Something from the weekend (15/08/11)


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The Independent Online

The good: Those that made it worthwhile

"Only if you have been in the deepest valley," said Richard Nixon, "can you ever know how magnificent it is to be on the highest mountain." Of nothing is this truer than sport. And so the heroes of this weekend were not so much the 2011 England Test team, to whom we were already grateful, but rather those whose struggles have made the last year so sweet. Ed Giddins, Mike Smith, Jimmy Ormond, Usman Afzaal, Richard Dawson; in their names have Alastair Cook and Jimmy Anderson been competing and excelling. Without Headingley 1997, Brisbane 2002 and many more, the recent triumphs, and certainly not the running through of India on Saturday's perfect morning, would have been quite the same.

The bad: England rugby union

As one English national team improves inexorably, to levels unseen in a generation, another stumbles around in the shadows of the superior predecessor; as if there is a finite sum of quality for English national teams. The improvement of the cricketers has been at the expense of rugby. Saturday's defeat to Wales at the Millennium Stadium, in which they failed to score a try, was one of the least imaginative performances of the Martin Johnson era. Not then exactly lacking in competition. "It feels like we could still be playing now and we wouldn't be scoring a try," Johnson said afterwards. His players were more intelligent in their criticism than they were in the game itself, Toby Flood pinning the performance as "shameful", and understandably so.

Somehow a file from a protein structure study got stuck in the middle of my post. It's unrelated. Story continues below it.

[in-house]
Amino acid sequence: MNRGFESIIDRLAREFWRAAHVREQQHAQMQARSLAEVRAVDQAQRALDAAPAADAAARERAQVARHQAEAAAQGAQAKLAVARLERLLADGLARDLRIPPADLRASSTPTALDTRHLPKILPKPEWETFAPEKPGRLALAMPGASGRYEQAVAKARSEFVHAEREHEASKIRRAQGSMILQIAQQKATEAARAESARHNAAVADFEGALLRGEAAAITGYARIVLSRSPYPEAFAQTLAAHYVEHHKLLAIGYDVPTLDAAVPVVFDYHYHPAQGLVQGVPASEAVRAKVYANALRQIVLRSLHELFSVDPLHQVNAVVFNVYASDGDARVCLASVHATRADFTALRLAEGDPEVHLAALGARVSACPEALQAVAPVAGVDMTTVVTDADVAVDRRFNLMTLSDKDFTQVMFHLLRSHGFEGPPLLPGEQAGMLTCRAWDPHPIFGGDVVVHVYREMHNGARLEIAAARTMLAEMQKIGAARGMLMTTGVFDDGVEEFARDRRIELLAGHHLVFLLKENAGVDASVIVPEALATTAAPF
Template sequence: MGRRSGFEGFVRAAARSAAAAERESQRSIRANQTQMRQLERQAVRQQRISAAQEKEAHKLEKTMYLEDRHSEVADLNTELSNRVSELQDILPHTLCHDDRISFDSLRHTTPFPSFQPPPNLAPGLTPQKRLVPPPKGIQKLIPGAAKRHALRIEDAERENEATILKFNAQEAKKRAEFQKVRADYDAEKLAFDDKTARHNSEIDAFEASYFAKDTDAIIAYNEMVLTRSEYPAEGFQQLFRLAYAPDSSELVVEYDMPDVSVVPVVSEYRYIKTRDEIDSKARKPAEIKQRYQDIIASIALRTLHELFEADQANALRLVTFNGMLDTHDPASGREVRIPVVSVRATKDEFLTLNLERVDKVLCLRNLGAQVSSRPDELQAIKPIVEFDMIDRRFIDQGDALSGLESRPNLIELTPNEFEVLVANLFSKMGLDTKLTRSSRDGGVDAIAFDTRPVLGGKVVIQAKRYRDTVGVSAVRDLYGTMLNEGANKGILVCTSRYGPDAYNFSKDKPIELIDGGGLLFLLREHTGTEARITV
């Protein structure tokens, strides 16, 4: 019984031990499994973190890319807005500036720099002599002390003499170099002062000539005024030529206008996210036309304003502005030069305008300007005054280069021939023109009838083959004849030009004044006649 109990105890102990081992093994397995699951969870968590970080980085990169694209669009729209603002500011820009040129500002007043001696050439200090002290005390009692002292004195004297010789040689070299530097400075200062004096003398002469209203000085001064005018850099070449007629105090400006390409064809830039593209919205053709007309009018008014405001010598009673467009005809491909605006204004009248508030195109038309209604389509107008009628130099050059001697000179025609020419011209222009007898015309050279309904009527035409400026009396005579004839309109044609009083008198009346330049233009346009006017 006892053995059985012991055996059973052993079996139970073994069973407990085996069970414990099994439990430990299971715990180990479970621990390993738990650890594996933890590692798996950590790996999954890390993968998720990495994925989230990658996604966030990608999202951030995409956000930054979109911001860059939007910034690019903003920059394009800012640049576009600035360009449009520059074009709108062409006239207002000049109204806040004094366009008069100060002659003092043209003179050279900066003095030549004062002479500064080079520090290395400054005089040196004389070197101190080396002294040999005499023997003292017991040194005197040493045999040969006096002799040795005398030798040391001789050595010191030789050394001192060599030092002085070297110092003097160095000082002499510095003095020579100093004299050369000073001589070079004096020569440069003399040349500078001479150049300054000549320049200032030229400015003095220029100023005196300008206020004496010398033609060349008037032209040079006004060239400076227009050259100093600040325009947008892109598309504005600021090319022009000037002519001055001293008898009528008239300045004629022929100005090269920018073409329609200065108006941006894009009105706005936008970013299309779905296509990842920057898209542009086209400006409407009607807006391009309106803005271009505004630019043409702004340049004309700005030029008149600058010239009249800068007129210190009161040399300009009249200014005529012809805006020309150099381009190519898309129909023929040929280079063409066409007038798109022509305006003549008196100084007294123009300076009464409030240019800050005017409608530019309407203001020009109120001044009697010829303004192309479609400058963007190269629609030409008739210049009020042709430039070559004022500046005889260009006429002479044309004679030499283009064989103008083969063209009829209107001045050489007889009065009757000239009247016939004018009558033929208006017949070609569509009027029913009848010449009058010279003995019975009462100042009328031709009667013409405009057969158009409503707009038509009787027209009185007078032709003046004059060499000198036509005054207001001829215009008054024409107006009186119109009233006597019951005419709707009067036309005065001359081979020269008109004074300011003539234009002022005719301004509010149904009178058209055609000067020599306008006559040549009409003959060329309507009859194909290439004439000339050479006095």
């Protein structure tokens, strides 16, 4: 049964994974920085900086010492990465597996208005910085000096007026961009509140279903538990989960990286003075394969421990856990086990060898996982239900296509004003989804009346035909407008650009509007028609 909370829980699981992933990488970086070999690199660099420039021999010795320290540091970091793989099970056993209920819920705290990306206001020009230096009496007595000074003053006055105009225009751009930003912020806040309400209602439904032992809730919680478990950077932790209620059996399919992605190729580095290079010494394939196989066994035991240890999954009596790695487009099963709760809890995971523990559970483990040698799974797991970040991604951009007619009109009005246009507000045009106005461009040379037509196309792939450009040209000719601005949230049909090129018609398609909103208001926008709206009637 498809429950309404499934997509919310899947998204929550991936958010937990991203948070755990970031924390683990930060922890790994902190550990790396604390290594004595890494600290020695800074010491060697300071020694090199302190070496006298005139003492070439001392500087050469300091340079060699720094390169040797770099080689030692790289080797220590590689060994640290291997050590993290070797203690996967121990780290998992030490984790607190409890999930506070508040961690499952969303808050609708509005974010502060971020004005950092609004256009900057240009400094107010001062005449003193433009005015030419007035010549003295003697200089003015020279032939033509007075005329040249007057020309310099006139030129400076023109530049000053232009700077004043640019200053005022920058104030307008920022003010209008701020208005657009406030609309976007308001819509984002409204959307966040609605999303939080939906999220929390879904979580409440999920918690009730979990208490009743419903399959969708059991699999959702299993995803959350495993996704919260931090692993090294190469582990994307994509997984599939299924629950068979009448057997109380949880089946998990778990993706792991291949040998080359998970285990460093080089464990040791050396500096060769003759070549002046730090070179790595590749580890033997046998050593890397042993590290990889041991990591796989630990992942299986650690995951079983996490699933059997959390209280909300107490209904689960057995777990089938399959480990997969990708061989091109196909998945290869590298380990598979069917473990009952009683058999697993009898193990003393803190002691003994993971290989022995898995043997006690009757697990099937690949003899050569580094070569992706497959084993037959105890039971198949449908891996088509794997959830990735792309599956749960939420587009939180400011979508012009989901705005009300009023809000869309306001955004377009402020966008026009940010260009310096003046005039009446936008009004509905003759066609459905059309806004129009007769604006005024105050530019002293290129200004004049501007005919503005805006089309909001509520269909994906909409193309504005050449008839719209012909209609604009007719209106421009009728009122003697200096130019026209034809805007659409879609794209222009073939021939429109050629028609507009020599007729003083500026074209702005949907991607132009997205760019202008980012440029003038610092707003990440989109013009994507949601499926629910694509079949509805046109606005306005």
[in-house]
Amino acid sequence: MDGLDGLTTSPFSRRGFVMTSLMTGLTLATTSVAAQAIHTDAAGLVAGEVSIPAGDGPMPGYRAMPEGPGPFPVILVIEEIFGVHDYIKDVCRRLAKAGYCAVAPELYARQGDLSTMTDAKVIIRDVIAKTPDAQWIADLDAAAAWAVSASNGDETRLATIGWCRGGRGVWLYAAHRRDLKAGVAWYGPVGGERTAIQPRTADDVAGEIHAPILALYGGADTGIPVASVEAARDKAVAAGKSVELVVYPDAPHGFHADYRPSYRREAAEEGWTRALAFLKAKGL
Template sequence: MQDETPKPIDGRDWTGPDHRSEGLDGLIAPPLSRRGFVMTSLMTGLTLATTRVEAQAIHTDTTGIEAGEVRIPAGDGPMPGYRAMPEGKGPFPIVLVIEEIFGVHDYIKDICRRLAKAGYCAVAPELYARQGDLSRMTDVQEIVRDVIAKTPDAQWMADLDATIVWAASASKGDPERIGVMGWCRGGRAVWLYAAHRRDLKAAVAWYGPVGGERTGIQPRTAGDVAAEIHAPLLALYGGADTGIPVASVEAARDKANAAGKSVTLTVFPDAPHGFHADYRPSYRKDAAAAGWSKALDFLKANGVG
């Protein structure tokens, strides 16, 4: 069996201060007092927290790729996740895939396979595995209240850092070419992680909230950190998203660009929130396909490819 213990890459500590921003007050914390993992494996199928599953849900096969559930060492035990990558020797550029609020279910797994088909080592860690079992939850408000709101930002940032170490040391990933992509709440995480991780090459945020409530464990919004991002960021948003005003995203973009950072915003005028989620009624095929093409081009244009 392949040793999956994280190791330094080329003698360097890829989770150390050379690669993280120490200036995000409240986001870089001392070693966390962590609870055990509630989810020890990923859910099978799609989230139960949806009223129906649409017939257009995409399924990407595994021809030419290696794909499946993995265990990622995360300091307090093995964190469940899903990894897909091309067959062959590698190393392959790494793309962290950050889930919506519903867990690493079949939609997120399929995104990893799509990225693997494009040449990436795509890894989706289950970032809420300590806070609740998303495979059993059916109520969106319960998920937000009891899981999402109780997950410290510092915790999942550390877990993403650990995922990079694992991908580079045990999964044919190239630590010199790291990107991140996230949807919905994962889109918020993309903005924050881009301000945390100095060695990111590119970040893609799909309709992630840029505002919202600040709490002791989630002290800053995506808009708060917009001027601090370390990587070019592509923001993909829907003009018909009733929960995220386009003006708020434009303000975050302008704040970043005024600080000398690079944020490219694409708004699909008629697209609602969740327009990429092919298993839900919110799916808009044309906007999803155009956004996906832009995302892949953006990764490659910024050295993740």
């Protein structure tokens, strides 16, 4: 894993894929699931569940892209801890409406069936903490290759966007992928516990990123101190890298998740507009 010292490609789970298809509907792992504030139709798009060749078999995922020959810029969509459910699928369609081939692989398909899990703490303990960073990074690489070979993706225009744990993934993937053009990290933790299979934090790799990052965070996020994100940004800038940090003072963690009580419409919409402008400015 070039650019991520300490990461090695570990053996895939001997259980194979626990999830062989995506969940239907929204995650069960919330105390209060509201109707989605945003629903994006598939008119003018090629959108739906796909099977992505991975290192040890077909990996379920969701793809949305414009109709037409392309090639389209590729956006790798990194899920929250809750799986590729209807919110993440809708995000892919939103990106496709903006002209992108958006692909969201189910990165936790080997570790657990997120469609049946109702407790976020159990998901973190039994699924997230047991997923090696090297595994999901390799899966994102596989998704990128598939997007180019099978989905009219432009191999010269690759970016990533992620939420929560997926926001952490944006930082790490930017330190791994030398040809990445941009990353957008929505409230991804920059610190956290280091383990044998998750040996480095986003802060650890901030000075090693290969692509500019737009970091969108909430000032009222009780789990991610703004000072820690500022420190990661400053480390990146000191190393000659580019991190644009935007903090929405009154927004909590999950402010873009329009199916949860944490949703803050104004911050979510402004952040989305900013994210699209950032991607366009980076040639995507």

The odd: Burress outdoes Broadfoot

When Kirk Broadfoot was hospitalised by the explosion of an egg he microwaved, it felt like a peak for stupidly self-inflicted sportsmen's injuries. But anything the SPL can do, the NFL does better. Plaxico Burress of the New York Jets spoke this weekend about how he shot himself in the leg, for which he was jailed for two years. "I had a drink in my left hand," he revealed, "I'm just walking up the stairs. And, you know, it was dark. And I, you know, missed a step. That's when I felt my gun, started to slide. I went to grab it, to stop it from falling. Pow. I knew it had went off. I saw the fire, like, come through my jeans."